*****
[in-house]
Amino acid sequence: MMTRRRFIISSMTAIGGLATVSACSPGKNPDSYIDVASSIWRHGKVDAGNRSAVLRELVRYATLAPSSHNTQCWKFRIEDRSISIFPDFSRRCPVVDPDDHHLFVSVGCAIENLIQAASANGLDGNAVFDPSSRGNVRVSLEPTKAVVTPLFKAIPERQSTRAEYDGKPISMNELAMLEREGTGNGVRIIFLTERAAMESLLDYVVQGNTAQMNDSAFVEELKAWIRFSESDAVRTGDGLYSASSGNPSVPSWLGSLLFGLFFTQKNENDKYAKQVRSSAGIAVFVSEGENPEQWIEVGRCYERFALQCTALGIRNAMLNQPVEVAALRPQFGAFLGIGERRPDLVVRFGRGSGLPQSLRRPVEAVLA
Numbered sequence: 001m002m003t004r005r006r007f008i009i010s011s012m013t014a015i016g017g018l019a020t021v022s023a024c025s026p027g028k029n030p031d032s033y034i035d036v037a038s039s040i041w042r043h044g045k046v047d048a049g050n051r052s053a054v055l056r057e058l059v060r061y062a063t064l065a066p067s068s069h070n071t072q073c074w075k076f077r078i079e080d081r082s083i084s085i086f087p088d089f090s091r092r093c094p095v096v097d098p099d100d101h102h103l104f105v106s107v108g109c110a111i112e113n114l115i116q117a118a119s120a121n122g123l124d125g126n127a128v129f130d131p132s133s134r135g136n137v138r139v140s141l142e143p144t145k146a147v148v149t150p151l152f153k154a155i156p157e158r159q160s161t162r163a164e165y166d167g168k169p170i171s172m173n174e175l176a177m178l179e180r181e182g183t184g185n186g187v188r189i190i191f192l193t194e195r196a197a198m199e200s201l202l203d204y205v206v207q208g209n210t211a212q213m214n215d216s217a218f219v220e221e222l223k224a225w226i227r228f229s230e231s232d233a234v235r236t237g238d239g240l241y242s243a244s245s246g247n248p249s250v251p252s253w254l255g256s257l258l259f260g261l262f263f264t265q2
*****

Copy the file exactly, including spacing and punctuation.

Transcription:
[in-house]
Amino acid sequence: MMTRRRFIISSMTAIGGLATVSACSPGKNPDSYIDVASSIWRHGKVDAGNRSAVLRELVRYATLAPSSHNTQCWKFRIEDRSISIFPDFSRRCPVVDPDDHHLFVSVGCAIENLIQAASANGLDGNAVFDPSSRGNVRVSLEPTKAVVTPLFKAIPERQSTRAEYDGKPISMNELAMLEREGTGNGVRIIFLTERAAMESLLDYVVQGNTAQMNDSAFVEELKAWIRFSESDAVRTGDGLYSASSGNPSVPSWLGSLLFGLFFTQKNENDKYAKQVRSSAGIAVFVSEGENPEQWIEVGRCYERFALQCTALGIRNAMLNQPVEVAALRPQFGAFLGIGERRPDLVVRFGRGSGLPQSLRRPVEAVLA
Numbered sequence: 001m002m003t004r005r006r007f008i009i010s011s012m013t014a015i016g017g018l019a020t021v022s023a024c025s026p027g028k029n030p031d032s033y034i035d036v037a038s039s040i041w042r043h044g045k046v047d048a049g050n051r052s053a054v055l056r057e058l059v060r061y062a063t064l065a066p067s068s069h070n071t072q073c074w075k076f077r078i079e080d081r082s083i084s085i086f087p088d089f090s091r092r093c094p095v096v097d098p099d100d101h102h103l104f105v106s107v108g109c110a111i112e113n114l115i116q117a118a119s120a121n122g123l124d125g126n127a128v129f130d131p132s133s134r135g136n137v138r139v140s141l142e143p144t145k146a147v148v149t150p151l152f153k154a155i156p157e158r159q160s161t162r163a164e165y166d167g168k169p170i171s172m173n174e175l176a177m178l179e180r181e182g183t184g185n186g187v188r189i190i191f192l193t194e195r196a197a198m199e200s201l202l203d204y205v206v207q208g209n210t211a212q213m214n215d216s217a218f219v220e221e222l223k224a225w226i227r228f229s230e231s232d233a234v235r236t237g238d239g240l241y242s243a244s245s246g247n248p249s250v251p252s253w254l255g256s257l258l259f260g261l262f263f264t265q2